SPARK develops literacy skills through one-on-one tutoring using a framework that is similar to Reading Recovery. Instead of certified teachers though, SPARK tutors are trained and supervised by site managers who are certified teachers. By using tutors instead of teachers, SPARK is able to engage more students at a reduced cost. This also allows SPARK to meet the needs of urban and poorer schools that do not have the teaching capacity and resources needed to meet the literacy instructional needs of all students.

SPARK addresses “why” students are behind in their literacy development by using parent liaisons to promote literacy in the home and community. Parent liaisons stay connected to parents through a variety of means, such as notes home, parent events, and home visits. Through these ongoing communications, SPARK is able to keep parents informed about their child’s literacy progress and address any issues, such as excessive school absences, that arise. Boys & Girls Clubs are able to leverage other after-school club activities to stay engaged with students and families. This ongoing family and student engagement allows students to continue to receive support if they need it and sustains the impact of SPARK after participation has ended.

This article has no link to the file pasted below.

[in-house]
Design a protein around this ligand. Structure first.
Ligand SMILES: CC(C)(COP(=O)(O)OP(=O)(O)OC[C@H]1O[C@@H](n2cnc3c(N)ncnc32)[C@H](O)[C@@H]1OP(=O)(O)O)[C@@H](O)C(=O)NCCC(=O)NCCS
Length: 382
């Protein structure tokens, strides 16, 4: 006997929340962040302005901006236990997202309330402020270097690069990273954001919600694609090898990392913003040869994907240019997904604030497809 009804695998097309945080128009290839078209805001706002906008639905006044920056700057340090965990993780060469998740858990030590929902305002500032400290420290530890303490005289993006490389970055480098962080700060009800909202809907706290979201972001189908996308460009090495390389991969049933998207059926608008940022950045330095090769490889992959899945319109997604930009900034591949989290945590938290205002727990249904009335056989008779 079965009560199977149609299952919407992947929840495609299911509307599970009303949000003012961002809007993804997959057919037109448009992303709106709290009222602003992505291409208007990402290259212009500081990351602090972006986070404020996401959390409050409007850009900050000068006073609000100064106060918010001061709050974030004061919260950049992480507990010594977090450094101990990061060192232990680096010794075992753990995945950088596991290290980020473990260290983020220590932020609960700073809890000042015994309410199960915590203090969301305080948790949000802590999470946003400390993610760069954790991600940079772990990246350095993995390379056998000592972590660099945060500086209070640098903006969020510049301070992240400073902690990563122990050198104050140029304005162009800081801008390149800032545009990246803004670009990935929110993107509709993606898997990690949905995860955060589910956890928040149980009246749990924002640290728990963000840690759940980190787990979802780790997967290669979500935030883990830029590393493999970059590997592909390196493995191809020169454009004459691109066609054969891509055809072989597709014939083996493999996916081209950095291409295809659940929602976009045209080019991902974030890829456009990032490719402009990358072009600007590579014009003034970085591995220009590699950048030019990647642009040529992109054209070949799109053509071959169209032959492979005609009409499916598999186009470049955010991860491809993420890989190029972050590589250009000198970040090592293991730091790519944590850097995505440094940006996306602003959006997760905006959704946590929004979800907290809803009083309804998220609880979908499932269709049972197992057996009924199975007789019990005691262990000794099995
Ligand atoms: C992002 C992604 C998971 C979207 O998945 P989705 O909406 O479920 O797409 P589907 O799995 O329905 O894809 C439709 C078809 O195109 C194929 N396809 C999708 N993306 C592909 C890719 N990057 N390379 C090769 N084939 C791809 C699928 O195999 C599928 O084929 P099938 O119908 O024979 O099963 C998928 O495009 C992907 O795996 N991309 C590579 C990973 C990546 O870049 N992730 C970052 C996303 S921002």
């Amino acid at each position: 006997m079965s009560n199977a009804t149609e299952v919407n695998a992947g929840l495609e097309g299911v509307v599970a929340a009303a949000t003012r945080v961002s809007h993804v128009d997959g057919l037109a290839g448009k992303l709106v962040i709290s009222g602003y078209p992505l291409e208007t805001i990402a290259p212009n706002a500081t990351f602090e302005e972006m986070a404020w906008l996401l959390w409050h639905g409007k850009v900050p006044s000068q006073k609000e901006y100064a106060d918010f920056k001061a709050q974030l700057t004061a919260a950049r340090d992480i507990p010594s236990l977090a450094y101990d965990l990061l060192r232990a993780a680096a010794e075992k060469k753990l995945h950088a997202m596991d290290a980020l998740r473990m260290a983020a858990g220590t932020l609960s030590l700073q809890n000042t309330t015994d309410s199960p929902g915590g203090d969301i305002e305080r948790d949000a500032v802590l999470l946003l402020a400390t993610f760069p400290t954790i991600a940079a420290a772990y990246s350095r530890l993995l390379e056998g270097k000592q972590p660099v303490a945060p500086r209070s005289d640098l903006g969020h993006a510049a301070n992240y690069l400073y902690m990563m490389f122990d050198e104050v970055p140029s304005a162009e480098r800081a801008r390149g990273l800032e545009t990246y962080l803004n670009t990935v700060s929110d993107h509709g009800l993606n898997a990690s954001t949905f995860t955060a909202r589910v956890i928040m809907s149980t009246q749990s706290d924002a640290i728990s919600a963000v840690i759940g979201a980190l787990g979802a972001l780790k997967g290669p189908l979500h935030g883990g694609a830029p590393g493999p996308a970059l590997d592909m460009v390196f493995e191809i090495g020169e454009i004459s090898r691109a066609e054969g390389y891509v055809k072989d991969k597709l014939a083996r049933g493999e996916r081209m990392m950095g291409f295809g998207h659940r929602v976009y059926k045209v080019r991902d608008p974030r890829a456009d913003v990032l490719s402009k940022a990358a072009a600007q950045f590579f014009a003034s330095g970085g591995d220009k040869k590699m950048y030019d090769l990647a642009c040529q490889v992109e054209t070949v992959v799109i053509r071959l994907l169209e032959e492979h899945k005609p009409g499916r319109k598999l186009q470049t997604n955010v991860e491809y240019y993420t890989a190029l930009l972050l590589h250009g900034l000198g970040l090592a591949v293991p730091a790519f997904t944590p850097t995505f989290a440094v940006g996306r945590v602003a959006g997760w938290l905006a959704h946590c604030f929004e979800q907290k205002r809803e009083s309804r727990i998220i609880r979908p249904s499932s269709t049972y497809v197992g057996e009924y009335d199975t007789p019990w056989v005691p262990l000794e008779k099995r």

In 2010, SPARK was awarded an Investing in Innovation (i3) Department of Education grant to further develop the program and test its impact through two randomized control trial evaluations conducted in the Milwaukee Public Schools. The i3-funded independent evaluation conducted by the Office of Socially Responsible Evaluation in Education (SREed) at the University of Wisconsin, Milwaukee found that:

  • SPARK had statistically significant positive impacts on both overall reading achievement and literacy development.
  • The impact of SPARK was greater for students who started the program with greater need for literacy instruction. The magnitude of the impact for these students was between .3 and .6 standard deviations.
  • The family engagement component of SPARK impacted students as well. Specifically, SPARK participants were absent from school 5.8 fewer times than control students and were 27% less likely to be chronically absent from school.

Both of these studies have been viewed by the Institute of Education Sciences (IES) What Works Clearinghouse and determined to meet their standards of rigor without reservations. Their reviews of our evaluations of SPARK can be found at the following websites:

https://ies.ed.gov/ncee/wwc/Study/81511

https://ies.ed.gov/ncee/wwc/Study/32028

SPARK Early Literacy Logic Model (PDF)

Presentations

SREE Presentation 2016: Findings From The Second Study (PDF)

SREE Presentation 2015: Findings From The First Study (PDF)

MPS Research Group Presentation – 12-16-2015: Final Evaluation Results of The Milwaukee Community Literacy Project/ SPARK Early Literacy (PPT)

Reports

First Cohort Outcomes Report (PDF)

First Cohort Implementation Report (PDF)

Second Cohort Interim Report – MAP (PDF)

Second Cohort Interim Report – PALS (PDF)

Second Cohort Final Report (PDF)

Summary i3 SPARK Evaluation Findings (PDF)